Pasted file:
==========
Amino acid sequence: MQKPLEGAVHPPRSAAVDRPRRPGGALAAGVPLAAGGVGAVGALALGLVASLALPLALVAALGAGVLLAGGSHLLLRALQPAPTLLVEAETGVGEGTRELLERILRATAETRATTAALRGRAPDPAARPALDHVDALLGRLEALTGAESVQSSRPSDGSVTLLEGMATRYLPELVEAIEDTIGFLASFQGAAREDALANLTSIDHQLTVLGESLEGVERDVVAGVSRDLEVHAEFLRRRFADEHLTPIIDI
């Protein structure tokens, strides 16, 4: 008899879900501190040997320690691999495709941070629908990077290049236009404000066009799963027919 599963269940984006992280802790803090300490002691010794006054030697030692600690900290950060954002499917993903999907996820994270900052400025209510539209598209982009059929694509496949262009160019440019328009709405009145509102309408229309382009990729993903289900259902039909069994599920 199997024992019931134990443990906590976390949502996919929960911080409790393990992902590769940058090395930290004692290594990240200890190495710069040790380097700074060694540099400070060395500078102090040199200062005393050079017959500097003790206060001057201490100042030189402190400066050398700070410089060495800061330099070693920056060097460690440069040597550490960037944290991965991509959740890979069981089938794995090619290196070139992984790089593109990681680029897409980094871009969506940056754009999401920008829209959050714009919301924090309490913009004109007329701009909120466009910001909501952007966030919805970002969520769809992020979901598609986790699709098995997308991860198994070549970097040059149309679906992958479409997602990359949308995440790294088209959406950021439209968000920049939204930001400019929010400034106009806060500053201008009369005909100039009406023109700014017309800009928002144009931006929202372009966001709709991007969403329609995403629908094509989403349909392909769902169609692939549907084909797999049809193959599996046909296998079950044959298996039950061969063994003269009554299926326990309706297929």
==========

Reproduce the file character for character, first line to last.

Amino acid sequence: MQKPLEGAVHPPRSAAVDRPRRPGGALAAGVPLAAGGVGAVGALALGLVASLALPLALVAALGAGVLLAGGSHLLLRALQPAPTLLVEAETGVGEGTRELLERILRATAETRATTAALRGRAPDPAARPALDHVDALLGRLEALTGAESVQSSRPSDGSVTLLEGMATRYLPELVEAIEDTIGFLASFQGAAREDALANLTSIDHQLTVLGESLEGVERDVVAGVSRDLEVHAEFLRRRFADEHLTPIIDI
């Protein structure tokens, strides 16, 4: 008899879900501190040997320690691999495709941070629908990077290049236009404000066009799963027919 599963269940984006992280802790803090300490002691010794006054030697030692600690900290950060954002499917993903999907996820994270900052400025209510539209598209982009059929694509496949262009160019440019328009709405009145509102309408229309382009990729993903289900259902039909069994599920 199997024992019931134990443990906590976390949502996919929960911080409790393990992902590769940058090395930290004692290594990240200890190495710069040790380097700074060694540099400070060395500078102090040199200062005393050079017959500097003790206060001057201490100042030189402190400066050398700070410089060495800061330099070693920056060097460690440069040597550490960037944290991965991509959740890979069981089938794995090619290196070139992984790089593109990681680029897409980094871009969506940056754009999401920008829209959050714009919301924090309490913009004109007329701009909120466009910001909501952007966030919805970002969520769809992020979901598609986790699709098995997308991860198994070549970097040059149309679906992958479409997602990359949308995440790294088209959406950021439209968000920049939204930001400019929010400034106009806060500053201008009369005909100039009406023109700014017309800009928002144009931006929202372009966001709709991007969403329609995403629908094509989403349909392909769902169609692939549907084909797999049809193959599996046909296998079950044959298996039950061969063994003269009554299926326990309706297929």